The Diagnostic and Statistical Manual of Mental Disorders (DSM-5), published by the American Psychiatric Association, includes diagnostic criteria for reactive attachment disorder, such as:
- A consistent pattern of emotionally withdrawn behavior toward caregivers, shown by rarely seeking or not responding to comfort when distressed
- Persistent social and emotional problems that include minimal responsiveness to others, no positive response to interactions, or unexplained irritability, sadness or fearfulness during interactions with caregivers
- Persistent lack of having emotional needs for comfort, stimulation and affection met by caregivers, or repeated changes of primary caregivers that limit opportunities to form stable attachments, or care in a setting that severely limits opportunities to form attachments (such as an institution)
- No diagnosis of autism spectrum disorder
However, some experts use other sources, rather than the DSM-5, as a basis for diagnosing reactive attachment disorder.
A thorough, in-depth examination by a child psychiatrist is necessary to diagnose reactive attachment disorder.
Your child's evaluation may include:
- Direct observation of interaction with parents or caregivers
- Details about the pattern of behavior over time
- Examples of the behavior in a variety of situations
- Information about interactions with parents or caregivers, as well as others
- Questions about the home and living situation since birth
- An evaluation of parenting and caregiving styles and abilities
Your child's doctor will also want to rule out other possible causes, as signs and symptoms of reactive attachment disorder may resemble those related to other disorders, including:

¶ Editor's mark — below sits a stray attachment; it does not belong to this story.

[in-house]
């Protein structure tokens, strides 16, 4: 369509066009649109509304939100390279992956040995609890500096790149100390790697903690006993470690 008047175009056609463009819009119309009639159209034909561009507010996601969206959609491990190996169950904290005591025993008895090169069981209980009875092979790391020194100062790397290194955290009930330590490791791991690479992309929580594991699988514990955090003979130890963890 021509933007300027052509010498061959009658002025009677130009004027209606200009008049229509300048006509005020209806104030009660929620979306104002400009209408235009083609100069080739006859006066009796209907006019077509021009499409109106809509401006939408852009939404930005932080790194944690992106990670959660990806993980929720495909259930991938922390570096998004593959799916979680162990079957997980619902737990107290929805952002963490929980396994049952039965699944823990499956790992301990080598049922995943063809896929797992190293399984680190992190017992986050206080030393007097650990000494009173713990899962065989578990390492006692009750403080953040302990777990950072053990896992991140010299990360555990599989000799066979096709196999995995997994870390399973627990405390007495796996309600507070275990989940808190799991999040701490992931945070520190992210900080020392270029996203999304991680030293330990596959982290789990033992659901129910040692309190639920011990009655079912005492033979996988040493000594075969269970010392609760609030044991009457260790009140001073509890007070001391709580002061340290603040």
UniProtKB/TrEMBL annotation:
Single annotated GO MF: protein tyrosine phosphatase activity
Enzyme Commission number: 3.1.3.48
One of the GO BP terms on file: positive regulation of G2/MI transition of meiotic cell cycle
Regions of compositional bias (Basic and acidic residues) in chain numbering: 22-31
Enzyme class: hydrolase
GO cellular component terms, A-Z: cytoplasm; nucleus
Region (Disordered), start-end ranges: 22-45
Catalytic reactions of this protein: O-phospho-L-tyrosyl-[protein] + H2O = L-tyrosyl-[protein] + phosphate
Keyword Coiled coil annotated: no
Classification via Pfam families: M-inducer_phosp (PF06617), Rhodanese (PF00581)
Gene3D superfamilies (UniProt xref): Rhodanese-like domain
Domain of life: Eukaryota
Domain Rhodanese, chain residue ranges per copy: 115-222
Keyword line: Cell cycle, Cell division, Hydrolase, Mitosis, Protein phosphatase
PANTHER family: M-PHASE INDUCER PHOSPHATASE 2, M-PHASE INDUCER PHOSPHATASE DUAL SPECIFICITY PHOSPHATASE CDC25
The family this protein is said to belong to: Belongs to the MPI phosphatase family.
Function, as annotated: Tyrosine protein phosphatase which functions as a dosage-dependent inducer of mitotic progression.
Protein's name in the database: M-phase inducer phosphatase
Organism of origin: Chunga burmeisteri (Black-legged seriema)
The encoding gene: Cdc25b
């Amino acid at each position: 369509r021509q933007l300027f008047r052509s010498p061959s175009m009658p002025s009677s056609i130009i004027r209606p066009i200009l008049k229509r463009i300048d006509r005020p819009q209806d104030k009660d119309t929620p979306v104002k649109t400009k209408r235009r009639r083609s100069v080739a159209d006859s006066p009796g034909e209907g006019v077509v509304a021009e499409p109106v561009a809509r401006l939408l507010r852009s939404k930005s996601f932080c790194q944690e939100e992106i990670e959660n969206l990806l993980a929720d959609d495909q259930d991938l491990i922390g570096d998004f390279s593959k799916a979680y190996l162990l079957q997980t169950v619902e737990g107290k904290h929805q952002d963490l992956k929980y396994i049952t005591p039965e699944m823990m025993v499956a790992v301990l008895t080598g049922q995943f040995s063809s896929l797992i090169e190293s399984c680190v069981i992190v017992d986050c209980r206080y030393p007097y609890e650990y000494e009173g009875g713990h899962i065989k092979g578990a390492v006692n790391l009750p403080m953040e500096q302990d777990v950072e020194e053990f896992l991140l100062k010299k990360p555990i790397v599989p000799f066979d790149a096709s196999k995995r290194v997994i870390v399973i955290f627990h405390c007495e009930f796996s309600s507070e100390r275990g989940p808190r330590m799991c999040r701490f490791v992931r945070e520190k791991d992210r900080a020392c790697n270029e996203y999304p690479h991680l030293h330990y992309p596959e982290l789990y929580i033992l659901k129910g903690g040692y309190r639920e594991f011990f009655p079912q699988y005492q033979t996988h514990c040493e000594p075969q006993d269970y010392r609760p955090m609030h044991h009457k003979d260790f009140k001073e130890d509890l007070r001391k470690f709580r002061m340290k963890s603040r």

July 10, 2014
- Intellectual disability
- Adjustment disorders
- Autism spectrum disorder
- Depressive disorders
- Reactive attachment disorder of infancy or early childhood. In: Diagnostic and Statistical Manual of Mental Disorders DSM-5. 5th ed. Arlington, Va.: American Psychiatric Association; 2013. http://www.psychiatryonline.org. Accessed April 9, 2014.
- Highlights of changes from DSM-IV-TR to DSM-5. American Psychiatric Association. http://www.dsm5.org/Pages/Default.aspx. Accessed April 9, 2014.
- Reactive attachment disorder. American Academy of Child and Adolescent Psychiatry. http://www.aacap.org/aacap/Families_and_Youth/Facts_for_Families/Facts_for_Families_Pages/Reactive_Attachment_Disorder_85.aspx. Accessed April 9, 2014.
- Coercive interventions for reactive attachment disorder. American Academy of Child & Adolescent Psychiatry. http://www.aacap.org/cs/root/policy_statements/coercive_interventions_for_reactive_attachment_disorder. Accessed April 9, 2014.
- Boris NW, et al. Practice parameter for the assessment and treatment of children and adolescents with reactive attachment disorder of infancy and early childhood. Journal of the American Academy of Child and Adolescent Psychiatry. 2005;44:1206.
- Hales RE, et al. The American Psychiatric Publishing Textbook of Psychiatry. 5th ed. Washington, D.C.: American Psychiatric Publishing; 2008. http://www.psychiatryonline.org/resourceToc.aspx?resourceID=5. Accessed April 9, 2014.
- Chaffin M, et al. Report of the APSAC task force on attachment therapy, reactive attachment disorder, and attachment problems. Child Maltreatment. 2006;11:76.
- Position statement on reactive attachment disorder. American Psychiatric Association. http://www.psych.org/advocacy--newsroom/position-statements. Accessed April 9, 2014.
- Hoecker JL (expert opinion). Mayo Clinic, Rochester, Minn. April 22, 2014.
- Tervo RC (expert opinion). Mayo Clinic, Rochester, Minn. May 20, 2014.
- Mikic N, et al. Mentalization and attachment representations: A theoretical contribution to the understanding of reactive attachment disorder. Bulletin of the Menninger Clinic. 2014;78:34.